Day 10 – Belorado to Ages > excerpt 2
The quietness I had been subjected to in the snow-covered landscape was actually not quiet at all: it is amazing how loud silence and peace can be! Being alone in nature, surrounded by stillness, may make one hyper-alert and vigilant, almost as if expecting something to happen. Quietness is so unusual in our hectic daily lives that one has to get used to this peace before one can relax.
When last have I sensed a silence like this? I cannot remember. To my ears it seemed still in this forest, no vibrations entered them and that was peaceful. The brain, however, spun yarns, was hearing spooks where there were none. It experienced a change of conditions and could not handle this, searching actively for familiarity. My brain seemingly created all sorts of mind-games ‒ such as there being a bogeyman around the corner, or ‘what if a branch fell on my head’, or ‘surely there must be others around, I cannot be as alone as it appears to me, I cannot be in such an empty space’.
A quiet fairy-tale landscape
I don’t think my brain actually had those impressions, I have described them to dramatize the stillness and my hypersensitivity. The mind is fickle and I cannot record the true thoughts that had surfaced. I do recall the motionless atmosphere and a definite measure of disquiet that went with it. I had to adjust to the stillness and my gray matter had to deal with this new sensation.
Any unfamiliar circumstances may entail changes which could challenge us – even if they would ultimately transform us and be for our own good. In this instance change to these lonely conditions represented peace versus constant noise and unrest that generally surround us. – -Implementing change also requires compelling reasons. If we cannot identify any benefits, there is no incentive to change.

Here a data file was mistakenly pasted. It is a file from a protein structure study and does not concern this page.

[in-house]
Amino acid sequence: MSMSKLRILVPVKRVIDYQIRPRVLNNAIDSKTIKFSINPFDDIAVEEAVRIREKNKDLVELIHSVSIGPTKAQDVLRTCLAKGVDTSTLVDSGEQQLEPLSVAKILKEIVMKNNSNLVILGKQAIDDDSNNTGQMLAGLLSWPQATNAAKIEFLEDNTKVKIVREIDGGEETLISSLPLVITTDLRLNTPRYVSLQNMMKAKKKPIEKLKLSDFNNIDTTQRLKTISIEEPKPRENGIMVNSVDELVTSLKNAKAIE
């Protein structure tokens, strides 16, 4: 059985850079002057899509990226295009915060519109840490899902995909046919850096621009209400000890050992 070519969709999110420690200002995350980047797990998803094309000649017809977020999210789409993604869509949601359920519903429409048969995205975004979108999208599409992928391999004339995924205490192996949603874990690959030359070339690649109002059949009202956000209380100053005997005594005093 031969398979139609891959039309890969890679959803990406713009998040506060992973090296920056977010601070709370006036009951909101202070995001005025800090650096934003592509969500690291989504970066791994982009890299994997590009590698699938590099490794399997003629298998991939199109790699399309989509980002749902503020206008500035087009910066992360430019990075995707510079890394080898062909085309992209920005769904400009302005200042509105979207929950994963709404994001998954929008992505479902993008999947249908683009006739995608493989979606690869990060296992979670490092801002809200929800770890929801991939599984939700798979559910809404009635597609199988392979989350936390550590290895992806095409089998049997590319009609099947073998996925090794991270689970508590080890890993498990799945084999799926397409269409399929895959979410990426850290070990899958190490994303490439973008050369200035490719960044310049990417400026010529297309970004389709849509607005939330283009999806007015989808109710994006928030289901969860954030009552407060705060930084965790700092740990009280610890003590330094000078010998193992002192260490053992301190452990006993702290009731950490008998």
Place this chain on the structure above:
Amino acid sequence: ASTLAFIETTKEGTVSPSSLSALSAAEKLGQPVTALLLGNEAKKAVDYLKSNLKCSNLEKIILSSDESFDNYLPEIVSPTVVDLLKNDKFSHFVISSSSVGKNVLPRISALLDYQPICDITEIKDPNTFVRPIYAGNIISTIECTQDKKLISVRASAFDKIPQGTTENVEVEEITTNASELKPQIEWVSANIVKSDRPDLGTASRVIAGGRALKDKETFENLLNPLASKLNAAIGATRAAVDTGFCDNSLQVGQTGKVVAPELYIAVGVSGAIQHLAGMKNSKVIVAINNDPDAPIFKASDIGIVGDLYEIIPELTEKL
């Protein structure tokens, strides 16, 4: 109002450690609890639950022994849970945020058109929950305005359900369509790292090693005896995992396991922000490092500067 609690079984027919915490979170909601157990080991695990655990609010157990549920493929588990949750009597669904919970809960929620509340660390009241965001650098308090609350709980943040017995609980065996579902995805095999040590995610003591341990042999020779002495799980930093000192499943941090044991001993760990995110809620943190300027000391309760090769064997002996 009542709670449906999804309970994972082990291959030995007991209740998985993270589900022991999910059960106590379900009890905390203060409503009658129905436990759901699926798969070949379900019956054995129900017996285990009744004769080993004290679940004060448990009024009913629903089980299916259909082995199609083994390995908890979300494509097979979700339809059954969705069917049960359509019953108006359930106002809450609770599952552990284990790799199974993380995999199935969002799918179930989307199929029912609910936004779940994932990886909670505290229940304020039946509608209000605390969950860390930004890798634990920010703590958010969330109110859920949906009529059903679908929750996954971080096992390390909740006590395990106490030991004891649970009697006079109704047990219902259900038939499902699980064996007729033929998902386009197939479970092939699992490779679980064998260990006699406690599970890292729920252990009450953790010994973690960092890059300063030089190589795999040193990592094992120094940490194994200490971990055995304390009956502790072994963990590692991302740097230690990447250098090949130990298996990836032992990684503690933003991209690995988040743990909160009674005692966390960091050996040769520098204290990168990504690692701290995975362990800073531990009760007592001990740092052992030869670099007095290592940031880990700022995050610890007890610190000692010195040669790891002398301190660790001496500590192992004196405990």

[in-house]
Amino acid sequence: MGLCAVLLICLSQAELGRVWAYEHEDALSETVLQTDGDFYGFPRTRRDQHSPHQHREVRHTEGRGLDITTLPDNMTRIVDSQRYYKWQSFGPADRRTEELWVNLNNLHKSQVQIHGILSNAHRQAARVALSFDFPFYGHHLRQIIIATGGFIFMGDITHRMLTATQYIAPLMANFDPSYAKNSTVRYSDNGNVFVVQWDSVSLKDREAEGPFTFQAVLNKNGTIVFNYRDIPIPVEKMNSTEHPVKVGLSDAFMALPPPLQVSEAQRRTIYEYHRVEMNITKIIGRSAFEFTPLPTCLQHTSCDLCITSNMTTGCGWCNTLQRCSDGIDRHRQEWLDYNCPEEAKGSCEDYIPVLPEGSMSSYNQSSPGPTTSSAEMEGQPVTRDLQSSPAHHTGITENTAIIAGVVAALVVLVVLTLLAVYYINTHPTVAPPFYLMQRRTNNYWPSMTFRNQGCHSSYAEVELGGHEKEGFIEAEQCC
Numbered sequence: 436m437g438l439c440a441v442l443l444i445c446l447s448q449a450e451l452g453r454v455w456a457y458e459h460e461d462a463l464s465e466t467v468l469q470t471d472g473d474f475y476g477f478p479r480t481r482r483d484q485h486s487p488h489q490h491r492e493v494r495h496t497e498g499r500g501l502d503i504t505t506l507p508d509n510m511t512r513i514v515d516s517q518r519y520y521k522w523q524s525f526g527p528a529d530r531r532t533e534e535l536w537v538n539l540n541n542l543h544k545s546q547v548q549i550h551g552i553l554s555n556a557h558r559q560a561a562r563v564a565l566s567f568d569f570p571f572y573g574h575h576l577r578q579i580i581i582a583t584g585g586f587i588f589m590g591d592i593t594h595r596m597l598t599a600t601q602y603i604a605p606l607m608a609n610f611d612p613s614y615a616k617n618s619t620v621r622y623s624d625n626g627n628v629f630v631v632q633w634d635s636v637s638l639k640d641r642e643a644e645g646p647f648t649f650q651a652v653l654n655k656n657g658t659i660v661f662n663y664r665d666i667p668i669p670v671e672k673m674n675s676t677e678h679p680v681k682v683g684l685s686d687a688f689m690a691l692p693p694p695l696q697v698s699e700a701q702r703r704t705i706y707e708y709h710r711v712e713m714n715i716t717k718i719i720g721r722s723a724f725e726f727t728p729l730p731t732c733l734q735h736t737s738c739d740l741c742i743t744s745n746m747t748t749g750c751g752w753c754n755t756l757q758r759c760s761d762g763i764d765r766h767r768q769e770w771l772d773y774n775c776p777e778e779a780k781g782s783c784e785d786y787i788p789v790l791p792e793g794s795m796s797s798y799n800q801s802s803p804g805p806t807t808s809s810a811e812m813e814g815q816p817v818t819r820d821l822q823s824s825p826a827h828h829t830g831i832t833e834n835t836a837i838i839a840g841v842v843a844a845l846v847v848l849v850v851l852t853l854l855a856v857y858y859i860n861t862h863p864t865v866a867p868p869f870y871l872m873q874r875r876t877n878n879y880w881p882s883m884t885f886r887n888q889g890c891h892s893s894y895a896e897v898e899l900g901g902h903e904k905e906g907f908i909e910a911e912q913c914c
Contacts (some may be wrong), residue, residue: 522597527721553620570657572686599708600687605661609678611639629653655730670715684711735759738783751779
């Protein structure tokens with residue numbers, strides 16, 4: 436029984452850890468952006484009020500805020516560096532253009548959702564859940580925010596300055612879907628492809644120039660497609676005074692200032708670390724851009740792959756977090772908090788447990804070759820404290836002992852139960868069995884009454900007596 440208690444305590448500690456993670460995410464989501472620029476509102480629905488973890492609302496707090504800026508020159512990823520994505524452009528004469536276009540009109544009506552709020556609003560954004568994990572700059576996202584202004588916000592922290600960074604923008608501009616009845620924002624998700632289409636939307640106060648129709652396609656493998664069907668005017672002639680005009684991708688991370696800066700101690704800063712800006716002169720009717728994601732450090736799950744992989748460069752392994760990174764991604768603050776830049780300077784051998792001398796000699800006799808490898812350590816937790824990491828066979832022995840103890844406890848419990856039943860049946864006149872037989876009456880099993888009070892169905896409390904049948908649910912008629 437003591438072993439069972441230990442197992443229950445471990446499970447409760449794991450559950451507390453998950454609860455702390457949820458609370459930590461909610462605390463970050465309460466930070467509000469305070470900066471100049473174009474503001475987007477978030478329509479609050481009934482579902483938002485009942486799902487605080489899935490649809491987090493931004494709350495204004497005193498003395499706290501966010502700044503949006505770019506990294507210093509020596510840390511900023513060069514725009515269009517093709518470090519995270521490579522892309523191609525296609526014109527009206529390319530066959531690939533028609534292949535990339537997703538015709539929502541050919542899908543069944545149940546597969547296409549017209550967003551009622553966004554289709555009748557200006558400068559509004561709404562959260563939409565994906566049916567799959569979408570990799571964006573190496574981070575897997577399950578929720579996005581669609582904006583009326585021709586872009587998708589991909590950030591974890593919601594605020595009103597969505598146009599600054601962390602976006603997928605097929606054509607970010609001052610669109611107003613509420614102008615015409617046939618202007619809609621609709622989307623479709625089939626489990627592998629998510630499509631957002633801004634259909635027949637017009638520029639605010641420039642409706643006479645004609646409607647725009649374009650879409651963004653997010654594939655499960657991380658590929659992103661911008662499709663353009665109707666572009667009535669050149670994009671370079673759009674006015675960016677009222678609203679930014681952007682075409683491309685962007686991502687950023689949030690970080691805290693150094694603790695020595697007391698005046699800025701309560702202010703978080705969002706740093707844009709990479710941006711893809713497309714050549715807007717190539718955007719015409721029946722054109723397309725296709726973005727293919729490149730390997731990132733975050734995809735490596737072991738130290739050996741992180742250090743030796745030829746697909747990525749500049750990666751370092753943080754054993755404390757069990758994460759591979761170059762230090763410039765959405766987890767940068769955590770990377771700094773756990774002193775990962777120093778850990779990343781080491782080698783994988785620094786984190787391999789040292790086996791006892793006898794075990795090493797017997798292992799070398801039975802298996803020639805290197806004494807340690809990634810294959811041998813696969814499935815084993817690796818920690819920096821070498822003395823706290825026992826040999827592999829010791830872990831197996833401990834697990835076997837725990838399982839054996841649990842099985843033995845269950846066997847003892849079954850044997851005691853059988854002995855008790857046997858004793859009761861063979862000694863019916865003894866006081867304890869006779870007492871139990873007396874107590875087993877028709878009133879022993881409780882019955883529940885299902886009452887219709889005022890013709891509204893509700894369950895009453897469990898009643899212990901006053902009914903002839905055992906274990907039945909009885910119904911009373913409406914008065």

Finding this quietness in the snow unfamiliar, and having to adjust to it, was similar to changes we come across in our daily lives to which we need to adapt if we want to move forward. These challenges may also throw us off guard and generate conflict. With change we enter unfamiliar territory in which anxiety, suspicion and resentfulness could be raised and loss of confidence may be caused. On a grand scale – changes necessary to advance humanity, for instance adapting to a more open lifestyle, might challenge old beliefs and practices. Liberation of women in some parts of the world, changing their status, providing access to education, freedom of movement and speech, for example, are necessary out of many reasons. Present practices can be destructive, especially if advancements are restricted out of self-interest. Not that improvements in west societies are always beneficial, many are not, as we can clearly see in our ‘modern’ society.
We will never voluntarily take the plunge and alter what is familiar to us unless we recognize and accept the advantages thereby gained. We have to believe that change is for the better and will bring about improvements. Obviously, forced changes follow a rather different pattern and seldom lead to improvements.
The change I refer to does not concern our material possessions and circumstances, I refer to changes of our state of mind and our emotions. They form the basis of our personality and shape interaction with others.